Trevithick built a full-size steam road carriage in 1801 on a site near the present day Fore Street at Camborne, which was also known as Camborne Hill. He named the carriage 'Puffing Devil' and, on Christmas Eve that year, he demonstrated it by successfully carrying several men up Camborne Hill and then continuing on to the nearby village of Beacon with his cousin and associate, Andrew Vivian, steering. This event is believed by many to be the first demonstration of transportation by (steam) auto-motive power and it later inspired the popular Cornish folk song "Camborne Hill". However, others suggest that Nicolas-Joseph Cugnot may have an earlier claim with his steam wagon of 1770, or even that a steam powered car built in 1672 by Ferdinand Verbiest was the first steam powered car. During further tests, Trevithick's carriage broke down 3 days later after passing over a gully in the road. The carriage was left under some shelter with the fire still burning whilst the operators retired to a nearby public house for a meal of roast goose and drinks. Meanwhile the water boiled off, the engine overheated and the whole carriage burnt out, completely destroying it. Trevithick however did not consider this episode a serious setback but more a case of operator error.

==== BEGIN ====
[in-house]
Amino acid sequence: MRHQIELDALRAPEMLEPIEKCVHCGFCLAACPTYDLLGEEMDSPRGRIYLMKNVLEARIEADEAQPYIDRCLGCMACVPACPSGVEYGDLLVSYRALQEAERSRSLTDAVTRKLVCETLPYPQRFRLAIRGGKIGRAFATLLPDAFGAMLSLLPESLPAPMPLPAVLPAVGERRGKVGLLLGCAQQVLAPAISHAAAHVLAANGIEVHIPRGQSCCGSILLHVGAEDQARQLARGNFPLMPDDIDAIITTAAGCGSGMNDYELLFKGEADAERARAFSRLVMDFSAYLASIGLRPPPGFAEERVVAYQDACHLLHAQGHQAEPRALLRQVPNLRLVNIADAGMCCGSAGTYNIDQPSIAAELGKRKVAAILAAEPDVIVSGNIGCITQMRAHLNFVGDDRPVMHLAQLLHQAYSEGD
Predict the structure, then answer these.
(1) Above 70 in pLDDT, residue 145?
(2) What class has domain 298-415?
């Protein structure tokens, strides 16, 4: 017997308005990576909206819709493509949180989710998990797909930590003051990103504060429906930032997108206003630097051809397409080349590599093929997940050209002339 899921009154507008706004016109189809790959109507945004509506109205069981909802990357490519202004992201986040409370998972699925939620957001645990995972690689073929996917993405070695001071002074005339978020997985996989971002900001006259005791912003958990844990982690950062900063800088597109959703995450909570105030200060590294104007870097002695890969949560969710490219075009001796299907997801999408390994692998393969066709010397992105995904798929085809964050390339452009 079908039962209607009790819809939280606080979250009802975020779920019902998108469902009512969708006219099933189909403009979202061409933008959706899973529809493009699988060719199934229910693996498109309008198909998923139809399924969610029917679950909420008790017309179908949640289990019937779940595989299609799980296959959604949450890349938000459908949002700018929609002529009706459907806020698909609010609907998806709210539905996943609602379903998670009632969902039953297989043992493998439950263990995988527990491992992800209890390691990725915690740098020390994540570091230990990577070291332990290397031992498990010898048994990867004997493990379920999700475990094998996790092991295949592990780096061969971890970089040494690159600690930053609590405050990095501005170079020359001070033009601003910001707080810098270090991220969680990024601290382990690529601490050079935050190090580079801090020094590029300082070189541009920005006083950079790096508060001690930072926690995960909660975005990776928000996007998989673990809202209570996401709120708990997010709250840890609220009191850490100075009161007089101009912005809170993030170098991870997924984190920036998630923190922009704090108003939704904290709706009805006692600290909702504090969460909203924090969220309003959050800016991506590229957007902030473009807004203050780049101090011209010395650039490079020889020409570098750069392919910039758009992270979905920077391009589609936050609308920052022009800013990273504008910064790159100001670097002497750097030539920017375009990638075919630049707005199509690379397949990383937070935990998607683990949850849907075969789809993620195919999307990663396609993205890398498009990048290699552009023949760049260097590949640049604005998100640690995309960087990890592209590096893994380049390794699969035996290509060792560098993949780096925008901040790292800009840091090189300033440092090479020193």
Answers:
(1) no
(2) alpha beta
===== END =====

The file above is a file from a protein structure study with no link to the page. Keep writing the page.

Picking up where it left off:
In 1802 Trevithick took out a patent for his high pressure steam engine.
Anxious to prove his ideas, he built a stationary engine at the Coalbrookdale Company's works in Shropshire in 1802, forcing water to a measured height to measure the work done. The engine ran at forty piston strokes a minute, with an unprecedented boiler pressure of 145 psi. The company then built a rail locomotive for him, but little is known about it, including whether or not it actually ran. To date the only known information about it comes from a drawing preserved at the Science Museum, London, and a letter written by Trevithick to his friend, Davies Giddy. This is the drawing used as the basis of all images and replicas of the later Penydarren locomotive, as no plans for that locomotive have survived.